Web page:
The Seven Common Senses of Dementia Care – Enlist Help
This blog post focuses on how caregivers can (and should) enlist help in caring for someone with dementia. It is the second installment of a seven-part series on common sense dementia care. The series features seven principles that can improve quality of life for caregivers and their loved ones.
R-E-S-P-E-C-T is a helpful mnemonic (memory device) for remembering these tried and true tips for dementia care:
The Seven Common Senses of Dementia Care
- Enlist help
A Good Caregiver is a Good Leader
To orchestrate the primary care of someone with dementia, a primary caregiver must lead the way. This is as true for a family member who takes on the role of primary caregiver as it is for a physician heading up a patient’s medical team. Caregivers of people with dementia can optimize care by employing some of the practices of strong leaders:
Utilize Available Resources
A savvy caregiver harnesses available resources to his or her advantage. These include not only tangibles, like household items and technology, but also things like daily routine and brain therapy (my preferred term for adult daycare/day programs). Support and advocacy groups may offer much-needed information and assistance, both online and in-person.
Consult and Network
Caregivers may be reluctant to reach out to friends and family, especially if a loved one has mild dementia. However, advanced planning and coordination of care are advisable as soon as the diagnosis of dementia is made and should be revisited periodically depending on each person’s situation. Acting proactively sure beats trying to sort things out in a crisis, e.g., if either the patient—or the caregiver!—are hospitalized.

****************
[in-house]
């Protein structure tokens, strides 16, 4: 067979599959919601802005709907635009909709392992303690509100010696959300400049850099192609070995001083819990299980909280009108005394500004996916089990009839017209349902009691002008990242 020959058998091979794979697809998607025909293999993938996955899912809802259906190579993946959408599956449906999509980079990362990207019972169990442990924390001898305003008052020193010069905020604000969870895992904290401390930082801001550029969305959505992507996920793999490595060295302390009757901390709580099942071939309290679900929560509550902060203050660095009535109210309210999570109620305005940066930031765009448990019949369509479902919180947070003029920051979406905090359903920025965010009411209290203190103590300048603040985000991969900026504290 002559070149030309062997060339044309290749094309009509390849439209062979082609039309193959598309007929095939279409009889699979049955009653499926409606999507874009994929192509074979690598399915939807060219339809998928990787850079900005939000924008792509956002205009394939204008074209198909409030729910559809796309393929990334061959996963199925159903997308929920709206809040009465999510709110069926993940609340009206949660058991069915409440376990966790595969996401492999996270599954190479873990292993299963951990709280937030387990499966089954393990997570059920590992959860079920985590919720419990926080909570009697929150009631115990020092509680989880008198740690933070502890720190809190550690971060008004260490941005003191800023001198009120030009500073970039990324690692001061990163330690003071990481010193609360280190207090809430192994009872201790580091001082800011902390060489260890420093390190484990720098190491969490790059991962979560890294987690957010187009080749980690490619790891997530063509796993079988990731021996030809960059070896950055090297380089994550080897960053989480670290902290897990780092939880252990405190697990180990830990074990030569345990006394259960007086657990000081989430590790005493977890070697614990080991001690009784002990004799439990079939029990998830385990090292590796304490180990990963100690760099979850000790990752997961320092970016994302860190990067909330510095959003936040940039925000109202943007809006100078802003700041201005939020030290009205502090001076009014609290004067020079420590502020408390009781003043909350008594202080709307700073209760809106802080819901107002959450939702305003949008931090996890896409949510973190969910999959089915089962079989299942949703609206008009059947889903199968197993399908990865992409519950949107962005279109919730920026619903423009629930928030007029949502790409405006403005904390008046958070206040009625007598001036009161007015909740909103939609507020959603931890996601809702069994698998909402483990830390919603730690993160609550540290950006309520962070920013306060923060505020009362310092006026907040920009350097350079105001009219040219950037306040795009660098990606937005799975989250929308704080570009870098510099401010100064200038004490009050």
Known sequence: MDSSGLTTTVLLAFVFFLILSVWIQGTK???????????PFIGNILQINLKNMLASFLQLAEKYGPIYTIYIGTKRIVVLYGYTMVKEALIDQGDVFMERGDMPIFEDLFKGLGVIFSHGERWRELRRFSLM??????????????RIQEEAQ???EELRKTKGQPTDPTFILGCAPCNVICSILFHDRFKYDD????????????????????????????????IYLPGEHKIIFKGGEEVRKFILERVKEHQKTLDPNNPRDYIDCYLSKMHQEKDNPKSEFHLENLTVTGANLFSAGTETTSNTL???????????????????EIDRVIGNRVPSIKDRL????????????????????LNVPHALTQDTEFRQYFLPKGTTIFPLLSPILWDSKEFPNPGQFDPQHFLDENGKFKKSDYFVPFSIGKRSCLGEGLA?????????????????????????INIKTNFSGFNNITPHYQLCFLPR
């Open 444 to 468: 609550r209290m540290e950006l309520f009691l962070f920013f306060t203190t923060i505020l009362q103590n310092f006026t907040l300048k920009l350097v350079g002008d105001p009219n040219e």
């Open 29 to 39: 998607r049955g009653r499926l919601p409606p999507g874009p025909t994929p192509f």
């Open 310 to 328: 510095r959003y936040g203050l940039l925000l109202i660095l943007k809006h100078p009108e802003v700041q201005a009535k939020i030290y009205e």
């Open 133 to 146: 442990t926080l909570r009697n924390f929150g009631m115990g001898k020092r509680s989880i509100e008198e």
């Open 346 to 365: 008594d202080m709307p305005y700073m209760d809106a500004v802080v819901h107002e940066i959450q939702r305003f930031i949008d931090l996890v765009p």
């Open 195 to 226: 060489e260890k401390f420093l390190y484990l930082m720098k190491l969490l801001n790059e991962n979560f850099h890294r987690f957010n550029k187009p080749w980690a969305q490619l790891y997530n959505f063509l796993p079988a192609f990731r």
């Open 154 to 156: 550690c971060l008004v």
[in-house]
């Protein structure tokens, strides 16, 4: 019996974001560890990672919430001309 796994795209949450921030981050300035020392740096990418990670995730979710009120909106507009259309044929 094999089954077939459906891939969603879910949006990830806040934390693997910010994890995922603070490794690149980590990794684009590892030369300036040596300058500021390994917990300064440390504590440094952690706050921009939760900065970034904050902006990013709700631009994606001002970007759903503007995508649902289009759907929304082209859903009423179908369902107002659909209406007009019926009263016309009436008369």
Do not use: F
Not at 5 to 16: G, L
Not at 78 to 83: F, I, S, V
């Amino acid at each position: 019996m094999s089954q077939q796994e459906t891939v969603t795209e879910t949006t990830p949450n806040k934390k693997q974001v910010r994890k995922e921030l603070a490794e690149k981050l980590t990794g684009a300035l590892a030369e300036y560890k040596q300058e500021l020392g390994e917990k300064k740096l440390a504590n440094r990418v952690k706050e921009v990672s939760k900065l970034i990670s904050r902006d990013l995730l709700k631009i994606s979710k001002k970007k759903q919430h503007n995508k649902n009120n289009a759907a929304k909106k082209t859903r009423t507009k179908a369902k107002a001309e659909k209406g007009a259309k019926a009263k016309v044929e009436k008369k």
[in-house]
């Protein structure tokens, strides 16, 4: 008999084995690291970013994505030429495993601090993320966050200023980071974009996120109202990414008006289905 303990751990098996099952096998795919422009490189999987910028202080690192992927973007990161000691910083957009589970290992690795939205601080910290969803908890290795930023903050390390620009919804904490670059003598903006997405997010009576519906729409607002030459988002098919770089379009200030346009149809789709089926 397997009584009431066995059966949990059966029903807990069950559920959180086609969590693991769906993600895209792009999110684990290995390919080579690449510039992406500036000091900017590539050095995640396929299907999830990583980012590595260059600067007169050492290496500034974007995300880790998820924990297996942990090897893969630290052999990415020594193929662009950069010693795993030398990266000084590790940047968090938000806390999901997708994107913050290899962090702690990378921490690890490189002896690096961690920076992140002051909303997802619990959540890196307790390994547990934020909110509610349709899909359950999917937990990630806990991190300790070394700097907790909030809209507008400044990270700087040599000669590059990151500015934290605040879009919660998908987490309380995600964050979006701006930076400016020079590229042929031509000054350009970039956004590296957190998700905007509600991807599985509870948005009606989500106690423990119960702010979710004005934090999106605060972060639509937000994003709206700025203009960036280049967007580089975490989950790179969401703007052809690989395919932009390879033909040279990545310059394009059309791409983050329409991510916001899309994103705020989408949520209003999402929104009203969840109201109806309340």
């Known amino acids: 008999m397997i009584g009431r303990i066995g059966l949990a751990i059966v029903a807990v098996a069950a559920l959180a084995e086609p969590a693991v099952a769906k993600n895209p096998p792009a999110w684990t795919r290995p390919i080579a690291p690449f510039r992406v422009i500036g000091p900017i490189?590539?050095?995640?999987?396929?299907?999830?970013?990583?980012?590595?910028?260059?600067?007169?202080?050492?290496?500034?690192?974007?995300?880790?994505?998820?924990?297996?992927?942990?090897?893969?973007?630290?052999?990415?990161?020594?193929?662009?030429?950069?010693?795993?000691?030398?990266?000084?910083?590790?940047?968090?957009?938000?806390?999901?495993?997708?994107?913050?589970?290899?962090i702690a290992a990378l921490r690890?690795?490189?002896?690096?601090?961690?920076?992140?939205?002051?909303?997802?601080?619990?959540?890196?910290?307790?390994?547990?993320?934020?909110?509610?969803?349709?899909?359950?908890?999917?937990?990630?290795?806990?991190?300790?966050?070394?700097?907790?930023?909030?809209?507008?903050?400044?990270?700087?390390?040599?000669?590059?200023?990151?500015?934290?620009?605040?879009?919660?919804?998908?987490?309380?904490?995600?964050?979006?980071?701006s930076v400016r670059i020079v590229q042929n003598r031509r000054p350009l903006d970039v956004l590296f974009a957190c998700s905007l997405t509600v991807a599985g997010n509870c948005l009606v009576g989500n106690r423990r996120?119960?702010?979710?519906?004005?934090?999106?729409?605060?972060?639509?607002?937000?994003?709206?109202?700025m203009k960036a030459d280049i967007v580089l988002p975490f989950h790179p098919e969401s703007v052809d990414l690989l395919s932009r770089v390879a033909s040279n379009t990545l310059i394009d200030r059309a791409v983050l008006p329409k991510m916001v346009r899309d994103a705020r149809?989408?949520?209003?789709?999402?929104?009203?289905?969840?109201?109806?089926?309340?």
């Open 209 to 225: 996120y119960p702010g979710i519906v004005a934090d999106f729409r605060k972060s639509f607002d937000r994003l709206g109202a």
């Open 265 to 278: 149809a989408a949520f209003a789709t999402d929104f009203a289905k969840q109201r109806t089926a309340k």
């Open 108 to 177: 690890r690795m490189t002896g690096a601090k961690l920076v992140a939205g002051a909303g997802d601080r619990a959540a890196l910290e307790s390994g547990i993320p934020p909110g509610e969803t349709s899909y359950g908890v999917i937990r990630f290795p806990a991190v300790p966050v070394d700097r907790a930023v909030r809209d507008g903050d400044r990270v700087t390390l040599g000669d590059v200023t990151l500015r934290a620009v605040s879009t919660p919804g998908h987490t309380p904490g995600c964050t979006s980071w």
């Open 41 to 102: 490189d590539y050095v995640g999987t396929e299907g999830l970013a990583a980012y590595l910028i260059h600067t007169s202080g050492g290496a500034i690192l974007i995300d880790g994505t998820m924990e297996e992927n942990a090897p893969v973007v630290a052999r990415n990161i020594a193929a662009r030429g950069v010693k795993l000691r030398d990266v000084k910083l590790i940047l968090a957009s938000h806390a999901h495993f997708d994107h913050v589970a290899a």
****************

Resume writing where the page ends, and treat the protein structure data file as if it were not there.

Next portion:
Connecting with other caregivers offers a unique chance for empathy and support. One of the most important parts of attending a caregiving conference are the breaks!—as these provide the opportunity to meet other caregivers.
Play to Team Members’ Strengths
A good coach not only recruits team members and delegates responsibility but plays to everyone’s strengths. Also, you’re more likely to have a request fulfilled if you ask for something specific and give a reason. An excuse is okay (e.g., “I’m not good on computers”) but flattery will get you everywhere. (E.g., You’re so good with that computer stuff, could you please help us with ordering our monthly medications?)
A Good Leader Needs a Good Team
What if you’re not a primary caregiver, but you want to help?
- ASK yourself, but more importantly, ask the primary caregiver, What can I do? Most important of all, be prepared to follow up in word and in deed.
- OFFER SPECIFIC HELP (with regard to day/time, events and places). E.g., driving a loved one to a weekly meeting.
- LIVE A DAY IN A CAREGIVER’S SHOES. Or a week or weekend. Out-of-town grown children might give Dad a few days off while they stay with Mom. They can see what he’s talking about when he says Mom isn’t doing so well and how much he has to help her. Or they may learn that he’s not letting on just how much he must be struggling on his own.
Having time off is important for a caregiver’s health and quality of life, but caregivers may feel guilty about leaving a loved one with dementia in the hands of another. However, it’s beneficial for a person with dementia to get out of the house and see other faces, too. Social isolation is harmful, not only for a loved one with dementia but for their caregivers. It may lead to increased behavioral problems and disease progression in a person with dementia and increased risk of illnesses like depression in both patients with dementia and caregivers. On the other hand, social activity confers positive cognitive and health benefits for everyone. Please don’t face it alone. Enlist help and engage socially.
Not only do caregivers deserve a break, a person with dementia may benefit from a break from their caregiver, too!
By Anne M. Lipton, M.D., Ph.D.
Neurologist and Author of The Common Sense Guide to Dementia
For more information on the Seven Common Sense of Dementia Care, see Dr. Lipton’s book, The Common Sense Guide to Dementia for Clinicians and Caregivers.